Reflecting photonic systems (RPS) are of high interest for many practical applications [1], including potentially as protective coatings for atmospheric reentry. During atmospheric reentry, space vehicles experience extreme environments which put high performance demands on their thermal protection systems. A major source of heating during reentry is radiation generated in the shock layer. Extreme temperatures ionize gaseous species, producing radiation which impinges on the surface of the vehicle. This radiative heating scales like and can be a major factor especially in manned mission from the Moon or Mars. For Jupiter entries, 99% of the heating is radiative. Because planetary atmospheres have different chemical compositions, their radiation profiles will also be different. Therefore, an ideal RPS solution will reflect radiation in specified wavelength ranges for a given planet. The schematic illustration of the thermal protection system (TPS) of a vehicle is shown in Figure 1.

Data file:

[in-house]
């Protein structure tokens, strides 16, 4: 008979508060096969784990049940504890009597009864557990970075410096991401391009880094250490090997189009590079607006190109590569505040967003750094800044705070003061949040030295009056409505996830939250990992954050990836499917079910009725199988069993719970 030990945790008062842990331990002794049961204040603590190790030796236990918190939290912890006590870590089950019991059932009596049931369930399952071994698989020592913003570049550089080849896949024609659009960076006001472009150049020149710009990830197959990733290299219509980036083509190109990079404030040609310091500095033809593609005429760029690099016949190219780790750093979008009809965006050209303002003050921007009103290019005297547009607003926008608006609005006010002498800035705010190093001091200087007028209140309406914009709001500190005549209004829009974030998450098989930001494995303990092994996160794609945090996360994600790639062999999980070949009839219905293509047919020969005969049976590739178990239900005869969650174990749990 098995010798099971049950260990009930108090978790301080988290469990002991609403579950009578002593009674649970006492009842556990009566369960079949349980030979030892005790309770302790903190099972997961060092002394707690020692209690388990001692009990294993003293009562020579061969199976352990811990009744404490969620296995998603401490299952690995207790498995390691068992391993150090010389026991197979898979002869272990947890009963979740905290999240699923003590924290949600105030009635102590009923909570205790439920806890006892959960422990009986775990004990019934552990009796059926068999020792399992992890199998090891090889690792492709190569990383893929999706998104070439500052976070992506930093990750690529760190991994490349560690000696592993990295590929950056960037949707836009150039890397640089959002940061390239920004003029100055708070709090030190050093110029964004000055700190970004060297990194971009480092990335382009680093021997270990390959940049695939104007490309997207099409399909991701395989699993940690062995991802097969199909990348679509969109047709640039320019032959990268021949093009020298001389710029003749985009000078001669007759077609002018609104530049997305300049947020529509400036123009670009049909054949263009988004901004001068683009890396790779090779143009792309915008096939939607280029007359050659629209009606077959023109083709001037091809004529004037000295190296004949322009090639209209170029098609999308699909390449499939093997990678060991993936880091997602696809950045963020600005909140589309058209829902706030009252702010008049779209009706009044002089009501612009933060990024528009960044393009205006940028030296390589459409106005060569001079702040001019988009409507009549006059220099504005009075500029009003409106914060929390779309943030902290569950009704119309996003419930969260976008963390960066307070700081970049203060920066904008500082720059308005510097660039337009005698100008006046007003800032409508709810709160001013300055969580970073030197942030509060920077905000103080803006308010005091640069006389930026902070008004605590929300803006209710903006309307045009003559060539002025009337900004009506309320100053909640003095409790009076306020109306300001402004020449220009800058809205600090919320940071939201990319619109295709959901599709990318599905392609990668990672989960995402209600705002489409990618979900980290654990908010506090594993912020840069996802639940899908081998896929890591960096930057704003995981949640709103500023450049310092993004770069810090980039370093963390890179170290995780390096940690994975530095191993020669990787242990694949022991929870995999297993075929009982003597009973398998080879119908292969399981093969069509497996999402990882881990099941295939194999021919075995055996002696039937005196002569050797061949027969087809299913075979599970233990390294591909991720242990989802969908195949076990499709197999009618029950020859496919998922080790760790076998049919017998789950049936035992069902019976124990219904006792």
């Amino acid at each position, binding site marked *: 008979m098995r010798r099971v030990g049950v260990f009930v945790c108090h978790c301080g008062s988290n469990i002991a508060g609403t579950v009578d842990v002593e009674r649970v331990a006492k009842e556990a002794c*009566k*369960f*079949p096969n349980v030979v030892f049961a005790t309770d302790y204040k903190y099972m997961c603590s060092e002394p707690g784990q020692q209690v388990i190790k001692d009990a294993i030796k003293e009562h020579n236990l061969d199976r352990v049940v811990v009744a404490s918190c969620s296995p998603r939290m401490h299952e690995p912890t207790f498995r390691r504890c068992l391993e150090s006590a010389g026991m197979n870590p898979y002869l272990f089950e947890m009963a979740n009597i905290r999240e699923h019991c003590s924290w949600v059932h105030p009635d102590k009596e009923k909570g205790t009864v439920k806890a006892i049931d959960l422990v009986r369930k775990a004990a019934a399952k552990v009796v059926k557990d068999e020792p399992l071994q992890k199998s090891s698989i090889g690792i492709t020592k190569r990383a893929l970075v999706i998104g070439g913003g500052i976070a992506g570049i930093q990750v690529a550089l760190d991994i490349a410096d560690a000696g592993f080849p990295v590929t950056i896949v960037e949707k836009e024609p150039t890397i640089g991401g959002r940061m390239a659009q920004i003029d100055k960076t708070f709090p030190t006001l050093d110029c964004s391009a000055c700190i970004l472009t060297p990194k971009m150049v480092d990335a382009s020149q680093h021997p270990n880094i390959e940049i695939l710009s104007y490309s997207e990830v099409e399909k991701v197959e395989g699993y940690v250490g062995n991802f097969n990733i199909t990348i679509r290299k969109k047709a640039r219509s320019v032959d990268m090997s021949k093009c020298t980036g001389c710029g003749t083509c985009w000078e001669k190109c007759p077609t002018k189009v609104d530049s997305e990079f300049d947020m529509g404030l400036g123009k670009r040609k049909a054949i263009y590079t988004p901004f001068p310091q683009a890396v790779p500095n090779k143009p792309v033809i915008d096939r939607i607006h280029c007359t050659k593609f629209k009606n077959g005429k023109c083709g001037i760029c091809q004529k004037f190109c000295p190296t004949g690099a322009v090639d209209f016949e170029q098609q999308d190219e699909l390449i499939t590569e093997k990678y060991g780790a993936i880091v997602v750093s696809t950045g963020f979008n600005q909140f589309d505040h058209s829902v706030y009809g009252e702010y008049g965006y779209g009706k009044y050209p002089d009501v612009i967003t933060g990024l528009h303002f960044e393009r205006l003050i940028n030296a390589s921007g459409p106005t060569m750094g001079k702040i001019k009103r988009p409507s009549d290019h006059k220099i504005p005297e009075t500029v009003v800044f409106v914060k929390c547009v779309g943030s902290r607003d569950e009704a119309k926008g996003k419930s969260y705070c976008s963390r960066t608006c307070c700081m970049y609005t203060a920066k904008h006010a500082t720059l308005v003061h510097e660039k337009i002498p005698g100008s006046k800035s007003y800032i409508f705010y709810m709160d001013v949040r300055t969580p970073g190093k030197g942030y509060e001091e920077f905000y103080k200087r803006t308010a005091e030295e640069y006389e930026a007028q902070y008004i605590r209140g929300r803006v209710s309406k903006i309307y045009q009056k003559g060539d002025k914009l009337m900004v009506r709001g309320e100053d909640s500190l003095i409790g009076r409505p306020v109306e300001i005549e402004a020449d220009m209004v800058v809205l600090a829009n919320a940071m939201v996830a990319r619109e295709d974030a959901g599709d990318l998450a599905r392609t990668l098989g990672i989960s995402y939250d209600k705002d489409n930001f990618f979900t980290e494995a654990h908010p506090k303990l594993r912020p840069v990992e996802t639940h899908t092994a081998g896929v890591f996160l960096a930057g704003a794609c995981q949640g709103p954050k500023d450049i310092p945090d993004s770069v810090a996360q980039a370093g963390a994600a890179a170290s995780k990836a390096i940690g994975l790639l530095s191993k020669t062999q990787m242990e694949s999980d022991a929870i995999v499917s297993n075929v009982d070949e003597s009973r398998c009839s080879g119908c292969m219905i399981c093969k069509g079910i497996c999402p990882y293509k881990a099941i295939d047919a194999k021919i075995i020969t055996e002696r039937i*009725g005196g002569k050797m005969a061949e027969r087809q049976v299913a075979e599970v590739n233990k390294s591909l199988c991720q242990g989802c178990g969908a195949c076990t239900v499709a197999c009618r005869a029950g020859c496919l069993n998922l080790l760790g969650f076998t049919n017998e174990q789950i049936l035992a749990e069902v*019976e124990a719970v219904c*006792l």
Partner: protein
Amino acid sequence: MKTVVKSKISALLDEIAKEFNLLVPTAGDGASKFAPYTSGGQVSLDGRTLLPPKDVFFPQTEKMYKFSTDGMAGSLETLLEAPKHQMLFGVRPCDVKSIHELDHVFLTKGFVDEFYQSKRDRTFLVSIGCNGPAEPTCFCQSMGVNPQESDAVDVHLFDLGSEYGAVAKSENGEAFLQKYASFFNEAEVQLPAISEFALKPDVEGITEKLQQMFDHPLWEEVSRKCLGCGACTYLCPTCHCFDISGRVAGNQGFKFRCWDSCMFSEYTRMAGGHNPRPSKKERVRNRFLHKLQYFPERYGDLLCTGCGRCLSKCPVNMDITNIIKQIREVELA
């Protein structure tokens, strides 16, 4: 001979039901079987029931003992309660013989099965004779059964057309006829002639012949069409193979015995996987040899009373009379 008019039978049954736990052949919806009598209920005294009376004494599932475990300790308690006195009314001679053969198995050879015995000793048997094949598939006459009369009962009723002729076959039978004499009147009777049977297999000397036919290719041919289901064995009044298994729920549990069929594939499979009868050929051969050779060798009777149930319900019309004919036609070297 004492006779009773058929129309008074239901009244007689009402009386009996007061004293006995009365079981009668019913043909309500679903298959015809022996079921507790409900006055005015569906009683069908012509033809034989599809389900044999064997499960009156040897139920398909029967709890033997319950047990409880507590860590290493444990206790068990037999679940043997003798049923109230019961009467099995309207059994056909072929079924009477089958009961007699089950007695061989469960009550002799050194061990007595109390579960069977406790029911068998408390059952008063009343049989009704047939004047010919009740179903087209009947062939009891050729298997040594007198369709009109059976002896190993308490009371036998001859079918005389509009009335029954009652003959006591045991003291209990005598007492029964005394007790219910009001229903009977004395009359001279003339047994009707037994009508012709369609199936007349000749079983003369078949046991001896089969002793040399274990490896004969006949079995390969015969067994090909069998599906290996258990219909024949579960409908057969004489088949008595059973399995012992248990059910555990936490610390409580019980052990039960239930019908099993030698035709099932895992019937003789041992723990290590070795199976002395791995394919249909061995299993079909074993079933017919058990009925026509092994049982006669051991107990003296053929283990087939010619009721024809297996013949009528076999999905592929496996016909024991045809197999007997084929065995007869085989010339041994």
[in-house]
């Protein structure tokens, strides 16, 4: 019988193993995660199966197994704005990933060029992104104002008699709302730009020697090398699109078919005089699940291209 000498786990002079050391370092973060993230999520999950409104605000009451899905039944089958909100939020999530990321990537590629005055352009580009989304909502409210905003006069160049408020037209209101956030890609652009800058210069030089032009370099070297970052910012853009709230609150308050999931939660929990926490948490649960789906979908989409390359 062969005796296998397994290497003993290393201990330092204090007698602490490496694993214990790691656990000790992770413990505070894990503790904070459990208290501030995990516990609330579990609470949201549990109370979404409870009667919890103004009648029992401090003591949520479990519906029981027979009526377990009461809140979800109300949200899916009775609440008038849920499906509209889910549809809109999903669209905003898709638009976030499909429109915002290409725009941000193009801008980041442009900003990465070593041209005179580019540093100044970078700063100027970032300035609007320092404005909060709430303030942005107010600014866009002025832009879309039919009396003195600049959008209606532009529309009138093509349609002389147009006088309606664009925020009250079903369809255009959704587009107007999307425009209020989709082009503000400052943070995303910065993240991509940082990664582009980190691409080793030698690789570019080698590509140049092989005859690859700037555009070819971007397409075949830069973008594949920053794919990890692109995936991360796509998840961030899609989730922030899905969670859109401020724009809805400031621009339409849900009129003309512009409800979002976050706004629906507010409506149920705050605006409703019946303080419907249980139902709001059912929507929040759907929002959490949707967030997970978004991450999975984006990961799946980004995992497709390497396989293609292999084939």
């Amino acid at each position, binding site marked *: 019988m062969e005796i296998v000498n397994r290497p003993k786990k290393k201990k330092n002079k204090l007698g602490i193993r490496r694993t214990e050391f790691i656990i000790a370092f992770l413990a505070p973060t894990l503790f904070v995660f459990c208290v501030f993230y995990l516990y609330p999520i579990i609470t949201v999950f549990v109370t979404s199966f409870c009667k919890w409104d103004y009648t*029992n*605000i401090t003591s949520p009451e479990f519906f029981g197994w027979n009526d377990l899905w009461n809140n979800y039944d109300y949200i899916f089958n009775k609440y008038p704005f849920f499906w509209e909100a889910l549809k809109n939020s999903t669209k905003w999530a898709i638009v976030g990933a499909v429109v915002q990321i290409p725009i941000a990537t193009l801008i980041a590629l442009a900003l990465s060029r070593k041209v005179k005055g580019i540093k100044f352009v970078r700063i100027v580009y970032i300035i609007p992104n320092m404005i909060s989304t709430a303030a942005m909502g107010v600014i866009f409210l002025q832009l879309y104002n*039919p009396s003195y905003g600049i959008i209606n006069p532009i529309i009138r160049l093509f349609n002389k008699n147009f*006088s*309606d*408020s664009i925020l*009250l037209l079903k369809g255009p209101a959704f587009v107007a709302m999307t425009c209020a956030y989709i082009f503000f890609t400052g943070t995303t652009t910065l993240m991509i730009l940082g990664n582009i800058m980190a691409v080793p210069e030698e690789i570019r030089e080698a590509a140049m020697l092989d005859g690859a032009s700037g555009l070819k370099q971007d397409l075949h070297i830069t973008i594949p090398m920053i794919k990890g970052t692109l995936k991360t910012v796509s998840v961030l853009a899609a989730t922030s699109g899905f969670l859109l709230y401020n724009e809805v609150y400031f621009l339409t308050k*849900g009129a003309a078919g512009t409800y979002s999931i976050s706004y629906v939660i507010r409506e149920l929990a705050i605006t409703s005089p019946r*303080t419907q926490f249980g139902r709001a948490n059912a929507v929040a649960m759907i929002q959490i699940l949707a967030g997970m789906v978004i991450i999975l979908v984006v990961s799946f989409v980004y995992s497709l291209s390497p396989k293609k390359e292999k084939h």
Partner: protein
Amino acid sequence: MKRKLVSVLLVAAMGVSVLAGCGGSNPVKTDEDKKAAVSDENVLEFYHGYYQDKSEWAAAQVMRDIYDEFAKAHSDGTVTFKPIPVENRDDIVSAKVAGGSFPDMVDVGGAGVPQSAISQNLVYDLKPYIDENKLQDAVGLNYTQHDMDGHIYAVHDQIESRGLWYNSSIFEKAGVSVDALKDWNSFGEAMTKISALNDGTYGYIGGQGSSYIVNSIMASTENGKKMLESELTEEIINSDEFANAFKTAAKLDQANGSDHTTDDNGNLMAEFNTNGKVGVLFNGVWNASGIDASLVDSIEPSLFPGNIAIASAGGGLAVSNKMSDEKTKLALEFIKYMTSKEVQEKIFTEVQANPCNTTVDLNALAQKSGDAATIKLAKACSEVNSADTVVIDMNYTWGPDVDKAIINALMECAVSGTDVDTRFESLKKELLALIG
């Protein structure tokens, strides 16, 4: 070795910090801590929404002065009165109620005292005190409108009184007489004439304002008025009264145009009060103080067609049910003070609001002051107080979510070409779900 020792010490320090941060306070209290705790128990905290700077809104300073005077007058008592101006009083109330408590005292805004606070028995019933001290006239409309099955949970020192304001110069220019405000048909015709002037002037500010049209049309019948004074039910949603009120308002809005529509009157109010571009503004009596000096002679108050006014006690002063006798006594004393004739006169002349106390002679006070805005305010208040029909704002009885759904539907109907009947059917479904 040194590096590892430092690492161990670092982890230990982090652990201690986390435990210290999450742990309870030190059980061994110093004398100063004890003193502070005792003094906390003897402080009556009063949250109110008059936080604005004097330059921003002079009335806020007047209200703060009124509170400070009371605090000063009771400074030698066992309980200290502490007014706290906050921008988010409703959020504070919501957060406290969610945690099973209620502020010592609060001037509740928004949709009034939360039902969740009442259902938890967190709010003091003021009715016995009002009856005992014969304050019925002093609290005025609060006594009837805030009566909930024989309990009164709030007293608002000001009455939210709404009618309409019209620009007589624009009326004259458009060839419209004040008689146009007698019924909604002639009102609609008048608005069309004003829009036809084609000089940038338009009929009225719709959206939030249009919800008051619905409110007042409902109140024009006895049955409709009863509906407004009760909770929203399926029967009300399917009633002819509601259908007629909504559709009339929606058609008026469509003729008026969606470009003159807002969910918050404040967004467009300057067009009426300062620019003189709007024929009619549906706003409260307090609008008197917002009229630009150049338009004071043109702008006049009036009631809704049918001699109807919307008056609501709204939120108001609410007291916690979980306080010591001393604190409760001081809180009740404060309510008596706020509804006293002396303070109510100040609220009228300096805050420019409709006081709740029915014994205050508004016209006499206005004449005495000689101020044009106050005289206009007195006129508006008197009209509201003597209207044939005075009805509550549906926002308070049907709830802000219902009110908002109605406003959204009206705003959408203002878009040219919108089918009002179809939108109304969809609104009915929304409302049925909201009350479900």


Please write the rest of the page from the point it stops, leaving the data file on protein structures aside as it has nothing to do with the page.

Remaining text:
Shock layer radiation spectra at peak heating were modeled and analyzed [2-4]. Experimental data on radiation spectra of shock-heated air were obtained at flight-relevant conditions [5]. Radiation spectra were measured in the range of 190 - 1210 nm. These spectra contain two broad peaks which are mostly due to radiating species of and O. The first peak is approximately in the range of 650 - 1200 nm and the second is in the 300 - 500 nm range.

The goal of this paper is to propose an optimal design of a one-dimensional photonic structure with high omnidirectional reflection in these two wavelength intervals. The term “optimal” implies the best reflecting performance of the structure for a fixed number of layers. This design principle is quite general and can be used to